This blog has been written by Nikki Fischr, Personal Trainer and Admin Manager here at Unique Results.

I have always felt I was a good sleeper and was pretty much tucked up in bed for 10pm every night, waking at 6am to get ready for work. I would definitely say I am a morning person and feel most productive at this time. I’m one of those that jump out of bed, wide awake. However, about 18 months ago my body and hormones started on the menopause journey and my sleep was impacted greatly. From not being able to get comfy, suddenly waking at 3am and hot flushes, I started to feel the impact of not getting enough, good quality sleep. Most adults should be getting between 7-9 hours sleep every night. I was previously averaging 8 hours per night but this dropped to more like 6-7 hours and I was feeling the effects during the day.

Where I was a morning person, mornings became harder and I would get up yawning and not feeling refreshed. I would fall asleep in the afternoon, not have any energy or willingness to train and would be wanting to eat all the time. Lack of sleep and sleep deprivation affects people in many different ways which can then impact daily life and work. Some examples are:

  • Short temper
  • Feeling irritable
  • Difficulty to concentrate
  • Struggle making decisions
  • Feeling low/depressed
  • Feeling emotional
  • Falling asleep outside of your usual bedtime
  • Over eating

Why is sleep so important?

Sleep is important for a number of reasons. It affects almost every type of tissue and system in the body – from the brain, heart, and lungs to metabolism, immune function, mood, and disease resistance.  Research shows that a chronic lack of sleep, or getting poor quality sleep, increases the risk of disorders including high blood pressure, cardiovascular disease, diabetes, depression, and obesity.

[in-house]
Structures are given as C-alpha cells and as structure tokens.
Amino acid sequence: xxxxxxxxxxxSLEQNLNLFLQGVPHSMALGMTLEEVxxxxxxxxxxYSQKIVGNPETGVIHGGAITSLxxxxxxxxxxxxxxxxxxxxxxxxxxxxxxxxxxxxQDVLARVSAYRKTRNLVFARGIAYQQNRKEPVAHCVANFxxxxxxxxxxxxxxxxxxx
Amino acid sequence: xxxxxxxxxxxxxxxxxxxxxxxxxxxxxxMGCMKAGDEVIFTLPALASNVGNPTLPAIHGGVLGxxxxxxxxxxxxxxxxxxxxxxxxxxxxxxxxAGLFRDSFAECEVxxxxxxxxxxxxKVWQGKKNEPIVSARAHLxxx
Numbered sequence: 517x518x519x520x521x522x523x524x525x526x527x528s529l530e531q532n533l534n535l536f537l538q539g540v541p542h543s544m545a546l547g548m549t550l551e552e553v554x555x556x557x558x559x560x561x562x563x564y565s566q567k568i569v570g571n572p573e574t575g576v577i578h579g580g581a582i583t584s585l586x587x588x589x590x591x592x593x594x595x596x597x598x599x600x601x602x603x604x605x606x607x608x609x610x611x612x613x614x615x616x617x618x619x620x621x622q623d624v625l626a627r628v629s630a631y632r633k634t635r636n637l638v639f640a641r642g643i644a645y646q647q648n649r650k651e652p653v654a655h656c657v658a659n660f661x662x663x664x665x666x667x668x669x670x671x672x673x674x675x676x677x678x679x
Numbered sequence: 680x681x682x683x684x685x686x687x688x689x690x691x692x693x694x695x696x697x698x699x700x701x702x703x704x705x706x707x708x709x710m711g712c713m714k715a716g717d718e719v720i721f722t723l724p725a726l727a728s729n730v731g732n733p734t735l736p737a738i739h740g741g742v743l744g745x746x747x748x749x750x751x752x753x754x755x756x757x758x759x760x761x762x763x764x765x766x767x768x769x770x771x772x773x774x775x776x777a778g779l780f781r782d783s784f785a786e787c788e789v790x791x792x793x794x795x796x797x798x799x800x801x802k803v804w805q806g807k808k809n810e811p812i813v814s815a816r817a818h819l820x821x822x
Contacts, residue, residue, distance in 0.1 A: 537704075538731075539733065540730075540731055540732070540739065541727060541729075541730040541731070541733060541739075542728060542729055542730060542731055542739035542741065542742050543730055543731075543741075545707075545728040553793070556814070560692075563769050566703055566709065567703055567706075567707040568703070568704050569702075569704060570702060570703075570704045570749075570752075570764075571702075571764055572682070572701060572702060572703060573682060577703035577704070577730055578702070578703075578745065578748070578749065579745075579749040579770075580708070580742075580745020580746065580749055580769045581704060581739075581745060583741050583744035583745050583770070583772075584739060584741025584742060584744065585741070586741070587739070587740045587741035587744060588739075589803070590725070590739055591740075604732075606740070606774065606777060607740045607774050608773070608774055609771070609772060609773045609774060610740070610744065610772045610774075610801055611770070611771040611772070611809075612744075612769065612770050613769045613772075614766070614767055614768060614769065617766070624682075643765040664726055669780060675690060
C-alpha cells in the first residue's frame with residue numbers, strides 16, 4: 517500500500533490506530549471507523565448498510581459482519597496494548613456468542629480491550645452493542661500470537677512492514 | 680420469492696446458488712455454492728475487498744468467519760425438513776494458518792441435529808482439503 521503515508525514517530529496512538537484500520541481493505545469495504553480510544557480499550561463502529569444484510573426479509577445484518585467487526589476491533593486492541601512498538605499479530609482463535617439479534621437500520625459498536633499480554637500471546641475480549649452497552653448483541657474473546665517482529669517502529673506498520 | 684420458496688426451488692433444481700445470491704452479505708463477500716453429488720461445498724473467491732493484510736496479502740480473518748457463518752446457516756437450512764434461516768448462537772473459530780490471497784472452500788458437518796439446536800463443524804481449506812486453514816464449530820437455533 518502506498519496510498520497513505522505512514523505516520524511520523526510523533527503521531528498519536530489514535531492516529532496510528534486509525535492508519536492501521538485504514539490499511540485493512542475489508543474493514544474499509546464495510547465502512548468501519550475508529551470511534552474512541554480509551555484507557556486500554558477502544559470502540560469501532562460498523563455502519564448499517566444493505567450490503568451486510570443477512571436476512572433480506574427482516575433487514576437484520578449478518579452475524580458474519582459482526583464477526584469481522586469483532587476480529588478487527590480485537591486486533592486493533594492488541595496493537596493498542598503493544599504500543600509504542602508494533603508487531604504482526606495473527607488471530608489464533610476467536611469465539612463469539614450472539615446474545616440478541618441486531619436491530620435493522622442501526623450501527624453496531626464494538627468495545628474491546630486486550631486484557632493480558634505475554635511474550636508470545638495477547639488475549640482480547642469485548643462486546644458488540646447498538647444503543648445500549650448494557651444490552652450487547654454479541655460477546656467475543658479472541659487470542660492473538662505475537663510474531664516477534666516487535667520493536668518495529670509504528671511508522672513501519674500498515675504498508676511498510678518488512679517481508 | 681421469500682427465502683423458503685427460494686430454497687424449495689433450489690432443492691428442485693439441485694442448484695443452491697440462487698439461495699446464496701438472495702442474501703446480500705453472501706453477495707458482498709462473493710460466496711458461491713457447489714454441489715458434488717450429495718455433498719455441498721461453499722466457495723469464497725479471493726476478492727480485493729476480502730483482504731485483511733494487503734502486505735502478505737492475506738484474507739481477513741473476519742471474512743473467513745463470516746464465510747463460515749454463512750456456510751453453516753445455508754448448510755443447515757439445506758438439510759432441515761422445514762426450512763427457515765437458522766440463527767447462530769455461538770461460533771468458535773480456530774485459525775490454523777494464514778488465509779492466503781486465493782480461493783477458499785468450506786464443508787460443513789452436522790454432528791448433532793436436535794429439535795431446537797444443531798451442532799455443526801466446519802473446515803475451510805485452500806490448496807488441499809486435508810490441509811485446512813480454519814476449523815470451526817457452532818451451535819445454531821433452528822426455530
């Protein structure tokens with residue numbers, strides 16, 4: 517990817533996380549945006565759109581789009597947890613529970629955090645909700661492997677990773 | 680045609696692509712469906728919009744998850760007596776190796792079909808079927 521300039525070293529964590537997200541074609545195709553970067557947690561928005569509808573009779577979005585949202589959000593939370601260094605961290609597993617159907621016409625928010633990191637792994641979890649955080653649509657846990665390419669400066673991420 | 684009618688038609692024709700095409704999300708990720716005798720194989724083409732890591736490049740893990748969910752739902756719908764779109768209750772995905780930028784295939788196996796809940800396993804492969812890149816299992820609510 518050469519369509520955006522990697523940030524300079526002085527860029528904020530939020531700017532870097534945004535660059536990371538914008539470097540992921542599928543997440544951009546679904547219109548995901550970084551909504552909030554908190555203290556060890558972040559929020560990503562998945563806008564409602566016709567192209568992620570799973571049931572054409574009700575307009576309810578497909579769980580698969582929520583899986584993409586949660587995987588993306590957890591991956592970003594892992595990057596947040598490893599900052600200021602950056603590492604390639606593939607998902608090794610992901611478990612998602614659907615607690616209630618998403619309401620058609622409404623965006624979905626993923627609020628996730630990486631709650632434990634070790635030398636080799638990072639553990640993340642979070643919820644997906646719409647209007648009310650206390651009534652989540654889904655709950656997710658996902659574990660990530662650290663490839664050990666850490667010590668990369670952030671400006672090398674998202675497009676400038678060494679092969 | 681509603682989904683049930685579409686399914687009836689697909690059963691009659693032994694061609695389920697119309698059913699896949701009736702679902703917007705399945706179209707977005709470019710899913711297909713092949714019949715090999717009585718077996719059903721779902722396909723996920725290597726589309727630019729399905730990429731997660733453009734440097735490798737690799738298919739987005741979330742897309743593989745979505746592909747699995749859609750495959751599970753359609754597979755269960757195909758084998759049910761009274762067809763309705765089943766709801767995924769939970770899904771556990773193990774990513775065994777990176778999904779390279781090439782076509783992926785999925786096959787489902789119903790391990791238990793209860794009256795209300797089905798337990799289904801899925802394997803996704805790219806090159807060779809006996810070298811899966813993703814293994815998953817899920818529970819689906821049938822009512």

Sleep is an important part of your daily routine—you spend about one-third of your time doing it so if you feel your sleep is poor spend some time improving it.  Quality sleep – and getting enough of it at the right times — is as essential to survival as food and water.

There are many different reasons for poor sleep and the purpose of writing this blog is to provide you with some hints and tips to help you improve your sleep. Here are some to try:

(Resourced from and

  • Set yourself a schedule – go to bed and wake up at the same time each day. Even set an alarm for when you need to go to bed. Or even better – 1 hour before bedtime so that you can start to relax and prepare for bed.
  • Exercise 20 to 30 minutes a day but no later than a few hours before going to bed
  • Avoid caffeine and nicotine late in the day and alcoholic drinks before bed.
  • Relax before bed. Create a bedtime routine – try a warm bath, reading, listening to gentle hypnotic music, gentle yoga stretches.
  • If you have a busy/ stressful work life write notes and to-do-lists for the next day to try and clear your mind of any distractions.
  • Create a room for sleep – avoid bright lights and loud sounds, keep the room at a comfortable temperature (between 18c and 24c), and don’t watch TV or have a computer in your bedroom.
  • Don’t lie in bed awake.  If you can’t get to sleep, do something else, like reading or listening to music, until you feel tired.
  • Keep a sleep diary, it may uncover lifestyle habits or daily activities that contribute to your sleeplessness. If you see your GP or a sleep expert they will probably ask you to keep a sleep diary to help them diagnose your sleep problems.

I hope some of these will work for you but if not, please seek help from a Doctor or GP.

Yours snoozzzzily